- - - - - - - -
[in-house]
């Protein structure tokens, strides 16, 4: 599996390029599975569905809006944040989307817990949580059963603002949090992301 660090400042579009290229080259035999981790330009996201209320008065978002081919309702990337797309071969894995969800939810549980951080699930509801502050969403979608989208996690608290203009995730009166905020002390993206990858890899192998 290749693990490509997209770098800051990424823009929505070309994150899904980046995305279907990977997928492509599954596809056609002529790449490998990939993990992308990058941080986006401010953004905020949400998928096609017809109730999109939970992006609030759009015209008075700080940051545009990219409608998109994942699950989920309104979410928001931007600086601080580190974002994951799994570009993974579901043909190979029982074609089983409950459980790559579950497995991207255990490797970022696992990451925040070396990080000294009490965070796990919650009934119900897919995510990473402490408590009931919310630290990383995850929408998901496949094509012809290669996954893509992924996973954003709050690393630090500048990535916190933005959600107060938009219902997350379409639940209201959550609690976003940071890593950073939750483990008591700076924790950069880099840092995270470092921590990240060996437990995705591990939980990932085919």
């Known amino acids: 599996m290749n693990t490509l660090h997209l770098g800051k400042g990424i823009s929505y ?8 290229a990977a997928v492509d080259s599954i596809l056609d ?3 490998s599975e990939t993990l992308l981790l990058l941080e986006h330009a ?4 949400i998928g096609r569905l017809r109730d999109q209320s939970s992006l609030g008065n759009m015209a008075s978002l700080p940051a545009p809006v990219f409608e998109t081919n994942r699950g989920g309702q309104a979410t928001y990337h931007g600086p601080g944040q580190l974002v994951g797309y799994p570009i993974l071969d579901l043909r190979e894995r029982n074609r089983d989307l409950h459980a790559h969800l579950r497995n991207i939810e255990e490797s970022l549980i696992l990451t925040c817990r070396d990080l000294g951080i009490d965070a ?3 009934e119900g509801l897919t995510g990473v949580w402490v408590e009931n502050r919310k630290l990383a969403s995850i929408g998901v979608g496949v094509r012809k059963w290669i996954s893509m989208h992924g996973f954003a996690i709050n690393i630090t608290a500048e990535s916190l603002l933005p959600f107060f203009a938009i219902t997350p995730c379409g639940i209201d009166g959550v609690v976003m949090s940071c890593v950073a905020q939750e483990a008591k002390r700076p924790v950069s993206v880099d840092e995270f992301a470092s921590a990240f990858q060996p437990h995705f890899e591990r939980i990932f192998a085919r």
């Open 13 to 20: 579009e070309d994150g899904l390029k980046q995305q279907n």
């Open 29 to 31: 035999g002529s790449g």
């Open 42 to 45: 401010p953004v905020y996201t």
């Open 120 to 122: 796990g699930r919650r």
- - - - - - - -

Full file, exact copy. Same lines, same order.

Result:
[in-house]
């Protein structure tokens, strides 16, 4: 599996390029599975569905809006944040989307817990949580059963603002949090992301 660090400042579009290229080259035999981790330009996201209320008065978002081919309702990337797309071969894995969800939810549980951080699930509801502050969403979608989208996690608290203009995730009166905020002390993206990858890899192998 290749693990490509997209770098800051990424823009929505070309994150899904980046995305279907990977997928492509599954596809056609002529790449490998990939993990992308990058941080986006401010953004905020949400998928096609017809109730999109939970992006609030759009015209008075700080940051545009990219409608998109994942699950989920309104979410928001931007600086601080580190974002994951799994570009993974579901043909190979029982074609089983409950459980790559579950497995991207255990490797970022696992990451925040070396990080000294009490965070796990919650009934119900897919995510990473402490408590009931919310630290990383995850929408998901496949094509012809290669996954893509992924996973954003709050690393630090500048990535916190933005959600107060938009219902997350379409639940209201959550609690976003940071890593950073939750483990008591700076924790950069880099840092995270470092921590990240060996437990995705591990939980990932085919």
């Known amino acids: 599996m290749n693990t490509l660090h997209l770098g800051k400042g990424i823009s929505y ?8 290229a990977a997928v492509d080259s599954i596809l056609d ?3 490998s599975e990939t993990l992308l981790l990058l941080e986006h330009a ?4 949400i998928g096609r569905l017809r109730d999109q209320s939970s992006l609030g008065n759009m015209a008075s978002l700080p940051a545009p809006v990219f409608e998109t081919n994942r699950g989920g309702q309104a979410t928001y990337h931007g600086p601080g944040q580190l974002v994951g797309y799994p570009i993974l071969d579901l043909r190979e894995r029982n074609r089983d989307l409950h459980a790559h969800l579950r497995n991207i939810e255990e490797s970022l549980i696992l990451t925040c817990r070396d990080l000294g951080i009490d965070a ?3 009934e119900g509801l897919t995510g990473v949580w402490v408590e009931n502050r919310k630290l990383a969403s995850i929408g998901v979608g496949v094509r012809k059963w290669i996954s893509m989208h992924g996973f954003a996690i709050n690393i630090t608290a500048e990535s916190l603002l933005p959600f107060f203009a938009i219902t997350p995730c379409g639940i209201d009166g959550v609690v976003m949090s940071c890593v950073a905020q939750e483990a008591k002390r700076p924790v950069s993206v880099d840092e995270f992301a470092s921590a990240f990858q060996p437990h995705f890899e591990r939980i990932f192998a085919r």
């Open 13 to 20: 579009e070309d994150g899904l390029k980046q995305q279907n």
């Open 29 to 31: 035999g002529s790449g």
């Open 42 to 45: 401010p953004v905020y996201t």
């Open 120 to 122: 796990g699930r919650r």